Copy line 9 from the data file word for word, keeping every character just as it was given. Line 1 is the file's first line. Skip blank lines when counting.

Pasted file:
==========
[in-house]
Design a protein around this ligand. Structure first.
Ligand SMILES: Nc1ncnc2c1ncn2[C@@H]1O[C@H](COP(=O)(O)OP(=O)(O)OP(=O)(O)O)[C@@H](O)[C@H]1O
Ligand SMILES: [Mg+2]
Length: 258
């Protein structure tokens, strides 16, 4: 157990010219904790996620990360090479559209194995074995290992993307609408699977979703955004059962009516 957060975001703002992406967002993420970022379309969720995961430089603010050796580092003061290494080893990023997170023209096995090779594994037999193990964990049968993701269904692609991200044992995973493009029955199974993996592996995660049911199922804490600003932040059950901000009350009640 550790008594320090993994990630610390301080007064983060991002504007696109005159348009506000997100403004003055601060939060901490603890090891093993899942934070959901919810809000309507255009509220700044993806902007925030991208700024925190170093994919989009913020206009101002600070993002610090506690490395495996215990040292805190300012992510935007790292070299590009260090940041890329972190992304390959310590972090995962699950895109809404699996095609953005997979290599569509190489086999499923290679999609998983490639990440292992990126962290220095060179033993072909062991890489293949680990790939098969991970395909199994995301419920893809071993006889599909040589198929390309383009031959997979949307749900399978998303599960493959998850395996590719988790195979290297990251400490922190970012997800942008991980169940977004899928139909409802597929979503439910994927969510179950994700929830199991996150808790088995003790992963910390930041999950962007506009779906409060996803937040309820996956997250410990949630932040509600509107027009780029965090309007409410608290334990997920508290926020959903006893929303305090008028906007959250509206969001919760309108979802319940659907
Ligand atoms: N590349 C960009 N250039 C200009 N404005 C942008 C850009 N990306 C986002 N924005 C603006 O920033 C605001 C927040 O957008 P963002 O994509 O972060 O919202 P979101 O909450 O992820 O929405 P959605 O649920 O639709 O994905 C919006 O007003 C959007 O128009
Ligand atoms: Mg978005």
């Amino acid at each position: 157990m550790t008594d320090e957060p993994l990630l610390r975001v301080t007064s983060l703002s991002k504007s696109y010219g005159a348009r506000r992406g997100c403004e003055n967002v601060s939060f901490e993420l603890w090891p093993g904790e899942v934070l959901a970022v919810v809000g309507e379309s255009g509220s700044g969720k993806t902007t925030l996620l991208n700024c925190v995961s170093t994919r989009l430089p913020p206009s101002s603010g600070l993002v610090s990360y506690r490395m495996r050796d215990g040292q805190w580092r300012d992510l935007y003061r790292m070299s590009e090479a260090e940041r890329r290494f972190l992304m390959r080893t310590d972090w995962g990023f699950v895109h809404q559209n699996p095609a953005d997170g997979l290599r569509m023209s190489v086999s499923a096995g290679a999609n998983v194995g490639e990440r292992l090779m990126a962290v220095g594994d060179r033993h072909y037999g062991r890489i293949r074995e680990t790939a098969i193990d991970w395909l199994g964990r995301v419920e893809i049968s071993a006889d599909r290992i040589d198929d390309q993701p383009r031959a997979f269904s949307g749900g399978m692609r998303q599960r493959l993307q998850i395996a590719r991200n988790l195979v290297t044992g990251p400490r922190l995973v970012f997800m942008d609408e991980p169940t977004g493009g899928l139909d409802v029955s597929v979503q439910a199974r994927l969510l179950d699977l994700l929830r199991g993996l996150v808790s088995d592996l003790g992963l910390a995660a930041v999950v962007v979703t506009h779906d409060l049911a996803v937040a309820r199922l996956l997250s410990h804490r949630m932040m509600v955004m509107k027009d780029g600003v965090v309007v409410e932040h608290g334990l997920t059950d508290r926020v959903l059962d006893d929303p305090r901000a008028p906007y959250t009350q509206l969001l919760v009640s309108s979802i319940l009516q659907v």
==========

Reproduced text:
């Amino acid at each position: 157990m550790t008594d320090e957060p993994l990630l610390r975001v301080t007064s983060l703002s991002k504007s696109y010219g005159a348009r506000r992406g997100c403004e003055n967002v601060s939060f901490e993420l603890w090891p093993g904790e899942v934070l959901a970022v919810v809000g309507e379309s255009g509220s700044g969720k993806t902007t925030l996620l991208n700024c925190v995961s170093t994919r989009l430089p913020p206009s101002s603010g600070l993002v610090s990360y506690r490395m495996r050796d215990g040292q805190w580092r300012d992510l935007y003061r790292m070299s590009e090479a260090e940041r890329r290494f972190l992304m390959r080893t310590d972090w995962g990023f699950v895109h809404q559209n699996p095609a953005d997170g997979l290599r569509m023209s190489v086999s499923a096995g290679a999609n998983v194995g490639e990440r292992l090779m990126a962290v220095g594994d060179r033993h072909y037999g062991r890489i293949r074995e680990t790939a098969i193990d991970w395909l199994g964990r995301v419920e893809i049968s071993a006889d599909r290992i040589d198929d390309q993701p383009r031959a997979f269904s949307g749900g399978m692609r998303q599960r493959l993307q998850i395996a590719r991200n988790l195979v290297t044992g990251p400490r922190l995973v970012f997800m942008d609408e991980p169940t977004g493009g899928l139909d409802v029955s597929v979503q439910a199974r994927l969510l179950d699977l994700l929830r199991g993996l996150v808790s088995d592996l003790g992963l910390a995660a930041v999950v962007v979703t506009h779906d409060l049911a996803v937040a309820r199922l996956l997250s410990h804490r949630m932040m509600v955004m509107k027009d780029g600003v965090v309007v409410e932040h608290g334990l997920t059950d508290r926020v959903l059962d006893d929303p305090r901000a008028p906007y959250t009350q509206l969001l919760v009640s309108s979802i319940l009516q659907v």